Are Anti-Bacterial Products Safe?

Triclosan an antibacterial soap ingredient impairs muscle function in animals

(RxWiki News) Products advertised as being antibacterial are everywhere these days. While the ingredients may be safe in small doses for humans, could there be long term and far reaching effects?

A recent study evaluated the effects of triclosan on muscle activity.

The study found that triclosan, an antibacterial chemical commonly used in hand soaps and other products, may impair muscle function.

"Consider using natural soaps."

Principal investigator, Isaac Pessah, professor and chair of the Department of Molecular Biosciences in the UC Davis School of Veterinary Medicine, and team performed experiments using doses that were similar to those people and animal may be exposed to during everyday life.

As the use of products containing triclosan continues to grow, so does the amount of the chemical found in streams, sewage, fish, urine sample, plasma and breast milk. This means the chemical is showing up in the environment and in animals unexpectedly.

Researchers tested the triclosan exposure on hand grip in mice and the ability to swim in flathead minnows.

The mice were given triclosan intravenously and the fish were exposed to the chemical by diluting it in their water for up to seven days. Both animals were given a dose similar to what people and animals would be normally exposed to in everyday life.

Grip strength in the mice was measured using metal wire mesh before and after triclosan was administered. Provoked and non provoked swimming was measured in the fish at one day, 4 days, and 7 days of exposure.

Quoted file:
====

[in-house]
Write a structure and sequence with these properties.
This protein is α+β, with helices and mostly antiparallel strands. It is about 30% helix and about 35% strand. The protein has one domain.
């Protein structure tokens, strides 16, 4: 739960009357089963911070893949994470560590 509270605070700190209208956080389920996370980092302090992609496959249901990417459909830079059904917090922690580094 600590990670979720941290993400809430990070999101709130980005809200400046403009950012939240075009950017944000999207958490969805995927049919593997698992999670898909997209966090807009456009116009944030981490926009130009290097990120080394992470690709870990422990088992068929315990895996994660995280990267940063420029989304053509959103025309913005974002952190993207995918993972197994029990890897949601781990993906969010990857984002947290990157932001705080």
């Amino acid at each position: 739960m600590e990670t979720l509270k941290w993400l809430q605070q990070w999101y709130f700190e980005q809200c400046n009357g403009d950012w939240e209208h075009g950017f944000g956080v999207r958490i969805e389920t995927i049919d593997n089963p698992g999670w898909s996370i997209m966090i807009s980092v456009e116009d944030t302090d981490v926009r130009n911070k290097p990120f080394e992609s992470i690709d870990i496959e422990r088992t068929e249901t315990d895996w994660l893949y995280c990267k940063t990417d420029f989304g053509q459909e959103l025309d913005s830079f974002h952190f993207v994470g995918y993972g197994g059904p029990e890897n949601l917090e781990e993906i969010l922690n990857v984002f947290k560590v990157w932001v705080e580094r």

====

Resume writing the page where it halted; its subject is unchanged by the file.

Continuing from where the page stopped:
Other tests were also conducted to determine possible effects of the chemical. These tests include isolating and testing organs exposed to triclosan.

The researchers found that triclosan impaired the ability of muscles to contract by preventing the flow of calcium ions within the muscles. This is important as the heart needs the calcium channels to communicate properly in order to fully function.

Mice experienced a 25 percent reduction in heart function 20 minutes after exposure to the chemical. The also experience an 18 percent grip strength reduction for up to one hour after receiving one dose of triclosan.

The fish that were exposed for seven days had significantly reduced swimming activity, demonstrating the affects of aquatic pollutants. Such a reduction in swimming ability changes the fish’s ability to avoid or escape predators.

While the results of the study do not translate to humans, the findings may be important for those with existing heart problems as triclosan is a cardiac depressant. It’s also important to be mindful regarding what consequences overuse of the chemical may have on our ecosystem.

The researchers suggest a more regulated use of antibacterial products.

"Although this study evaluated the effects of triclosan on mouse heart muscle cells, it raises the possibility that this commonly used antibacterial could also interfere with the normal function of human heart muscle cells," said Sarah Samaan, MD, a cardiologist with Legacy Heart Center and co-director of the Women’s Cardiovascular Institute at the Baylor Heart Hospital.

Dr. Samaan says she uses antibacterial products on her hands up to 30 times each day to prevent infection in her patients but will begin paying more attention to the ingredients in her products.

"Since triclosan is present in so many products that we use every day, it is not just people in health care that should be concerned," said Dr. Samaan

The study was published in the August issue of Proceedings of the National Academy of Sciences.

The study was supported by National Institutes of Health Grants and Muscular Dystrophy Association Grants.

The authors report no conflicts of interest.

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Review Date: 
September 7, 2012